The toxic drug crisis led to record numbers of deaths and calls for paramedics last year in the West Kootenay.
The Nelson local health area, which includes Salmo and a portion of the Slocan Valley, had 11 fatalities in 2022. That is the area’s worst year for deaths since the province declared a public health emergency in 2016, according to data released Tuesday by the BC Centre for Disease Control.
Castlegar and Creston also set new fatality records with seven and three deaths, respectively. Five people died in Trail, four in Grand Forks and a total of 31 in the Kootenay Boundary region.
Nelson has had 40 fatalities since 2016, followed by Castlegar and Grand Forks with 28 each; Trail with 27; the Arrow Lakes area, which includes Nakusp, with 12; and nine in the Kettle Valley.
The BC Coroners’ Service said Tuesday that 2022 was the province’s second-most deadly year of the crisis with 2,272 people dying from poisoned drugs.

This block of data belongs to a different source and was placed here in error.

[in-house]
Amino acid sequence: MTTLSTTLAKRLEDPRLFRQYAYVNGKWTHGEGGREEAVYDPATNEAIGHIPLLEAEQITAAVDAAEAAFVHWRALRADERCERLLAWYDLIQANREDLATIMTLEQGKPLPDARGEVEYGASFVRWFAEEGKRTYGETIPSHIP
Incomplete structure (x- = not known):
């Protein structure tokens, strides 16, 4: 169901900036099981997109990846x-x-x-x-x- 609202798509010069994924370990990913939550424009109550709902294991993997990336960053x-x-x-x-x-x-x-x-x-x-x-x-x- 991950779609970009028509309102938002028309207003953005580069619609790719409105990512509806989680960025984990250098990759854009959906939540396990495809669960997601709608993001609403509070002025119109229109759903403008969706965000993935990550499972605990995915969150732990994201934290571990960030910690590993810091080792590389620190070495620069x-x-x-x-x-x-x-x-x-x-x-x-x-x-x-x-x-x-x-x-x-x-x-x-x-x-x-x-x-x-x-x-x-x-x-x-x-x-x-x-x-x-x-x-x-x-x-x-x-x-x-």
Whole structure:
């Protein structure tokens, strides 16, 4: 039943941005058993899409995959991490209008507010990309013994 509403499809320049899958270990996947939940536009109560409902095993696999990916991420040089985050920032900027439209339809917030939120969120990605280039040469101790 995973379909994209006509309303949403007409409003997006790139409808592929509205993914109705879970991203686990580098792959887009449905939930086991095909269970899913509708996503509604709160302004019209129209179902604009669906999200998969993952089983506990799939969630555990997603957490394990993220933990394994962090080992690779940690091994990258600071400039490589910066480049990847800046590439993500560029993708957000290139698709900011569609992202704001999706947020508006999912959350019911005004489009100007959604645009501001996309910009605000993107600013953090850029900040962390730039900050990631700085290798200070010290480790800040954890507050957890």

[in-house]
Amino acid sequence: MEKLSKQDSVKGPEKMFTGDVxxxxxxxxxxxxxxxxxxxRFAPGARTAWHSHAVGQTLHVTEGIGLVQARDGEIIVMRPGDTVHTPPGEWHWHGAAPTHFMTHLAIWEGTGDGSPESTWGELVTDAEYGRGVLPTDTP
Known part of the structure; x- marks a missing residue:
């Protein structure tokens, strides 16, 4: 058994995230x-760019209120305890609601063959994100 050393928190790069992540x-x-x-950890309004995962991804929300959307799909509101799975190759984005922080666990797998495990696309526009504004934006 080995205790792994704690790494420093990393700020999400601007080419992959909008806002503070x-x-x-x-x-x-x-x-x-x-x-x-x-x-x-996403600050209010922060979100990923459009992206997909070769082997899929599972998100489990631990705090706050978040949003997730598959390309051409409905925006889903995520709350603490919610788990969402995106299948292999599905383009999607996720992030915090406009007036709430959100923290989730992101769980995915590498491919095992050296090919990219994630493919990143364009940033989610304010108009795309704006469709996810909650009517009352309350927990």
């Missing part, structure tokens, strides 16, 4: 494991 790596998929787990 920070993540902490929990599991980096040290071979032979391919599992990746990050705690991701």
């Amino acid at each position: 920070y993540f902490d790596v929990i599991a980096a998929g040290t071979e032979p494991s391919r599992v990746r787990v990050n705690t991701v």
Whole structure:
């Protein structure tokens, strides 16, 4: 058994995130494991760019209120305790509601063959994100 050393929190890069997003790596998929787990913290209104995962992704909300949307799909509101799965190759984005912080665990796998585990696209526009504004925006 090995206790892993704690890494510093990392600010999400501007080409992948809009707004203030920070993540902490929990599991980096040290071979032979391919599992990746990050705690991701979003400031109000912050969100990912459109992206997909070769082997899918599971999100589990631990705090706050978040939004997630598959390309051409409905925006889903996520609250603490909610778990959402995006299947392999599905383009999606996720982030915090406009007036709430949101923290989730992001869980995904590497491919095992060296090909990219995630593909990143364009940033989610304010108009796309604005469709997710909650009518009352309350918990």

The announcement coincided with the start of a three-year drug decriminalization pilot in B.C. Possession of up to 2.5 grams of opioids such as heroin and fentanyl, cocaine, crack, methamphetamine and MDMA is now allowed. Users won’t be arrested, charged or have their drugs seized by police if their drugs are under the weight threshold.
As drugs fatalities continue to rise, so do calls for service to paramedics.
Nelson-area paramedics responded to 108 overdose or drug poisoning calls last year, up from 47 in 2021 and nearly double the previous high of 59 in 2019.
Trail had the second most calls with 90, followed by seven-year highs in Grand Forks (45), Castlegar (44) and Creston (27).